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Poor estimates PDF Print E-mail
Thursday, 22 September 2011 00:00
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The Planning Commission’s affidavit to the Supreme Court that anyone spending more than R965 per month in urban areas and R781 in rural areas is not poor has got everyone in a tizzy since the language of the affidavit suggests the expenditure is adequate. Poverty experts such as Jean Drèze have ripped into it, pointing out that the one rupee per day allocated for health expenses isn’t even enough to buy an aspirin. Put some of the other numbers—R5.5 on cereals, R2.3 on milk and R1.6 on edible oil per day—and it looks even more ridiculous. While there’s little doubt the affidavit is insensitively crafted, the estimates are just an extension of the poverty-line created by the late Prof Suresh Tendulkar, a respected poverty expert. The numbers also look less ridiculous when juxtaposed with other numbers. When wheat is sold at R4.2 per kg for the poor in ration shops, R5.5 per day isn’t a bad number. Similarly, when government dispensaries and primary care centres are supposed to provide free healthcare to the poor, the one rupee provided for seems less hurtful. That the poor don’t get much of the PDS and that the government healthcare system is bust is a different matter, and strengthens the case for direct cash transfers.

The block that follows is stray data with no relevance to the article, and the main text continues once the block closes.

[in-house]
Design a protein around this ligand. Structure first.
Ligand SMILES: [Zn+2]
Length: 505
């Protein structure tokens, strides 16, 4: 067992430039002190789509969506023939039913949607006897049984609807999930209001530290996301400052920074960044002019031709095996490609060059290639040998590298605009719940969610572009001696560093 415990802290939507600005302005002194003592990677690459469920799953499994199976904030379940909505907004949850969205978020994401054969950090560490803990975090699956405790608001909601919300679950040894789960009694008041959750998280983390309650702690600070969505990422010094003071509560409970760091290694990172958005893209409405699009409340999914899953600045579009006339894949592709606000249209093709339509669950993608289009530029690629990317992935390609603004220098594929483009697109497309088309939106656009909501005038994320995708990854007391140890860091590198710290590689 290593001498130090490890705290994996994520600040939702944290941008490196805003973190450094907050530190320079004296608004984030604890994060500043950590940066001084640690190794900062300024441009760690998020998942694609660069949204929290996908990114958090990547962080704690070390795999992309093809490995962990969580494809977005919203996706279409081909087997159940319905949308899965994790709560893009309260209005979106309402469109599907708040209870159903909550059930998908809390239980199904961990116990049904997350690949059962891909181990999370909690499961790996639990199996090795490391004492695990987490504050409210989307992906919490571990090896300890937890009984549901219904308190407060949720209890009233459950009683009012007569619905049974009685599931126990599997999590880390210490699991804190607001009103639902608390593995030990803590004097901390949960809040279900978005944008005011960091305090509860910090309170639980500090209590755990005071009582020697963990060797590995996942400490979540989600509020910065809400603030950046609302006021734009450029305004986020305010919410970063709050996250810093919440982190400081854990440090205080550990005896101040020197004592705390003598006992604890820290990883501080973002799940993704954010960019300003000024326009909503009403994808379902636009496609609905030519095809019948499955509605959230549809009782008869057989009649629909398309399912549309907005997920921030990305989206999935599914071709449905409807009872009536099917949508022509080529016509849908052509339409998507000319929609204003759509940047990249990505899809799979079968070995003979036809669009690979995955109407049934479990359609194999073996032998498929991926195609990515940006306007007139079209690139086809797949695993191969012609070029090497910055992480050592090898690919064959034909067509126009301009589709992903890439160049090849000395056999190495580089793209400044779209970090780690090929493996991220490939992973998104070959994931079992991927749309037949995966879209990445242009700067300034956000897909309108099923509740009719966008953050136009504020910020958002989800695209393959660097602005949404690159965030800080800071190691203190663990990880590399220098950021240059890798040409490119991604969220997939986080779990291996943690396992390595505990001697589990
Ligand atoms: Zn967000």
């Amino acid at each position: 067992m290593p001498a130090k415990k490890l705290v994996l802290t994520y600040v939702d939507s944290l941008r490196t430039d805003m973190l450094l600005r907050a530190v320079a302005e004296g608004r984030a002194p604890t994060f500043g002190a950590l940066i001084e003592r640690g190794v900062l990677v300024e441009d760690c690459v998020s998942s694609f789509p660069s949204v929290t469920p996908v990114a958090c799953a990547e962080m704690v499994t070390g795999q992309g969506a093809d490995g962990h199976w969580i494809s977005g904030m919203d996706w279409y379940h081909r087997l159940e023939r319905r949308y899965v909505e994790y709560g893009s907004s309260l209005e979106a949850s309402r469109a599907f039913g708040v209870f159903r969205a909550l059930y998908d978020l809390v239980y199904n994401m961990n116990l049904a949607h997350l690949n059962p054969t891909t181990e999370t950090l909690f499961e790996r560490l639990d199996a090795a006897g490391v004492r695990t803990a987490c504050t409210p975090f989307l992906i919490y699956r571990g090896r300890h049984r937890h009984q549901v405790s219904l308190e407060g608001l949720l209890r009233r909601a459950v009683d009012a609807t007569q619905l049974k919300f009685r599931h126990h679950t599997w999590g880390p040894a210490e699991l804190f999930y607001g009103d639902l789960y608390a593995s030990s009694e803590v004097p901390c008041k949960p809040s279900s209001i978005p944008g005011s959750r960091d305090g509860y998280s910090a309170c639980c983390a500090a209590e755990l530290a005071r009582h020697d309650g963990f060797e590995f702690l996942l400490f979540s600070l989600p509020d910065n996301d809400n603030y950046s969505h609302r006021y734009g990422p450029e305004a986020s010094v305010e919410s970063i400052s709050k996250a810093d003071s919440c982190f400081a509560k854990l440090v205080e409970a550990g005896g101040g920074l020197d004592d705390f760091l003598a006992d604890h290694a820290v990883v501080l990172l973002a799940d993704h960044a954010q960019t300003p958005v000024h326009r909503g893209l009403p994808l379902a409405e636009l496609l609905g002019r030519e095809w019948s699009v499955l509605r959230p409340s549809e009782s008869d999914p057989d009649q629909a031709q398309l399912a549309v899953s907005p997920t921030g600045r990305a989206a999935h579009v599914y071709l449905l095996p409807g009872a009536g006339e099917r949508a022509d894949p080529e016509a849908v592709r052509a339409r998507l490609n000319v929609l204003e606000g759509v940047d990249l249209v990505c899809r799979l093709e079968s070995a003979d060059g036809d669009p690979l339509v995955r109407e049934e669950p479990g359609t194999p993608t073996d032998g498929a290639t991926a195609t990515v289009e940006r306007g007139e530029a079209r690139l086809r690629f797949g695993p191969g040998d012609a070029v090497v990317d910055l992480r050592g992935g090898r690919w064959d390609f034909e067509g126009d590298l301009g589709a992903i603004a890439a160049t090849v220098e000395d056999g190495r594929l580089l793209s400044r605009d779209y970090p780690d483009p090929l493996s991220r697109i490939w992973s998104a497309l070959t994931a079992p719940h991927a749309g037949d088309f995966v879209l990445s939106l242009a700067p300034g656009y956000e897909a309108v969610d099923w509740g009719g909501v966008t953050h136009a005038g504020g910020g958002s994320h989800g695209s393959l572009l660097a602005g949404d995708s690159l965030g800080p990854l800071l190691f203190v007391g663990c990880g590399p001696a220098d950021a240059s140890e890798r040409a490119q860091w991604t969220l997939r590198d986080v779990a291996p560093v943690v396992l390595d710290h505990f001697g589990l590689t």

Since the government spends around R3,00,000 crore annually on the poor, that’s R6,666 for each of India’s 450 million poor. Add this in, and an urban BPL family of four gets R6,082 to spend per month. Also keep in mind that, NCAER data show, that 23% of the Tendulkar poor in rural areas had a ceiling fan in 2004-05 (71% for the urban poor); 7.5% of the rural poor had a 2-wheeler, as did 21.3% of the urban poor. This doesn’t depict high living, but it doesn’t depict burning poverty either.

Last Updated ( Thursday, 22 March 2012 06:20 )
 

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